This October, Istanbul will host A Corner in the World, a new international performing arts festival. A Corner in the World is a unique initiative that brings together innovative works of performance art and will display original theater, dance and music performances by artists from Turkey, the Balkans, the Caucasus and the Middle East. These artists and companies will work with Istanbul-based performers and present performances to the public.
One such artist is Vahid Evazzadeh, an award-winning Iranian theater director and filmmaker, and the founder of The Counter Institute, an arts and culture organization that aims to produce artistic projects and facilitate cultural activities that are innovative, relevant and experimental both artistically and production-wise. He is based in Denmark, where he studied with the prestigious Odin Teatret and other masters of theater like Eugenio Barba and Augusto Boal. He now directs international projects and trains dance and theater performers all around the world with The Counter Institute.
As part of A Corner in the World festival, he will lead a unique workshop and residency with Turkish and international performers at ÇATI Çağdaş Dans Sanatçıları Derneği from Friday, September 30 to Saturday, October 28, 2015.
Yabangee spoke to Vahid about his experience and why he chose Istanbul to lead such a work.
Vahid, you are set to lead a workshop and a residency in Istanbul in October 2015. Why did you choose Istanbul as a city to work in?
Of course Istanbul is an amazing place. I visited the city a year ago for the first time and I have already been back four times since then. When I am in Istanbul I feel five centimeters taller! That’s that. But there are also two other critical reasons that made me want to come back to Istanbul and also to take part in A Corner in The World festival.
The first reason is that I have been very involved in the Middle Eastern art scene in the last few years both for my own personal interest and also due to my work with the Roberto Cimetta Fund. I think a deeper and stronger cultural, artistic and intellectual relationship among Middle Eastern countries is a must. We have to learn from and about each other, and surpass the political barriers that colonial and national vested interests have imposed on us. Istanbul is one of the most vital cities in the Middle East and also one of the few that is relatively tolerant to alternatives. A Corner in The World is bringing together artists from all over the region, and this is an invaluable opportunity to meet them. I couldn’t not be there!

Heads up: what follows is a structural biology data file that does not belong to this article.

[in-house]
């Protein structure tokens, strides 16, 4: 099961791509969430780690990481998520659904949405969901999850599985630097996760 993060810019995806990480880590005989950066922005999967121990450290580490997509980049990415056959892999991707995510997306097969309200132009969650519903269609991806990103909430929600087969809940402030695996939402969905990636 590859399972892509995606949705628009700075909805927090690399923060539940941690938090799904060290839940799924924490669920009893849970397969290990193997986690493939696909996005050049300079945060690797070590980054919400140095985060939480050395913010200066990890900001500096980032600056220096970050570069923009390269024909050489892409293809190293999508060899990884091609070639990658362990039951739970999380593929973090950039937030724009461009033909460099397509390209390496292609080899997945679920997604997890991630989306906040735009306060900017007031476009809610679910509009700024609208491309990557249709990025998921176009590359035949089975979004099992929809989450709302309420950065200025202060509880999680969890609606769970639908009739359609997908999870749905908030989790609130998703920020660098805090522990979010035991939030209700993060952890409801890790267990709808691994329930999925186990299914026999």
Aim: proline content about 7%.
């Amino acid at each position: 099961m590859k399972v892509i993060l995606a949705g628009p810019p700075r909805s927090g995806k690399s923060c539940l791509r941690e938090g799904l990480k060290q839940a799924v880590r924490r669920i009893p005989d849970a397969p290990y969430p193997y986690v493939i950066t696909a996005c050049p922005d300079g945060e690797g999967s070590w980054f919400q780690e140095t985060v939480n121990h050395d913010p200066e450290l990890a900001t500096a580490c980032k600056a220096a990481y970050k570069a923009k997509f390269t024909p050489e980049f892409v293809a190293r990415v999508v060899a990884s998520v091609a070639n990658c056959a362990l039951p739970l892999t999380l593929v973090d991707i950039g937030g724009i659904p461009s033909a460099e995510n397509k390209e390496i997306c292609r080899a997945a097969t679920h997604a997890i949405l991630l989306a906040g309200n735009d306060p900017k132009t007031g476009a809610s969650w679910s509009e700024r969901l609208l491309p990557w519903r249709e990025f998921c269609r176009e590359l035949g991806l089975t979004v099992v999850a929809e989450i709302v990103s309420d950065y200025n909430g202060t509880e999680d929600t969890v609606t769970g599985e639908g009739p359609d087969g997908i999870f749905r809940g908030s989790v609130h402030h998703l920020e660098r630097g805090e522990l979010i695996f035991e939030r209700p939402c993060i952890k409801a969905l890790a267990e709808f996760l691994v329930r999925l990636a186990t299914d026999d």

On the other hand I am fascinated with the cultural landscape of certain non-Western societies. There is something vibrant, but not yet fully materialized under the skin of the city that many people are anticipating, though they can’t seem to be able to articulate what exactly it is going to be. I feel that something is crystallizing in Istanbul. Everyone is expectant of something unknown, but promising. So I am very excited to work in Istanbul because I think something real is happening in this city. I want to be a part of it.
You are a theater director and filmmaker. What led you to the performing arts?
When I was a kid, I was extremely dissatisfied with my condition and my surroundings through and through, and figured that I wanted to become an artist. While studying in an acting school in Iran, I learned that I, in fact, wanted to become a director. I started directing a few performances and eventually premiered at the Tehran City Theater. I also directed a short film, which was screened at a few festivals. In the last four years of my time in Iran I established a theater group that focused on experimentation. From that point onward I concentrated on various aspects of the craftsmanship of performing arts which are still my main preoccupations today.
My motivations for wanting to become an artist and an intellectual have changed over the years, but the desire to feel the direct impact of my work on my own life and the lives of others has always remained.
You’ve done a significant amount of research on the theater reformers of the 20th century, such as Grotowski, Stanislavsky and Boal. What particularly interested you in their approach, and how did they inspire you?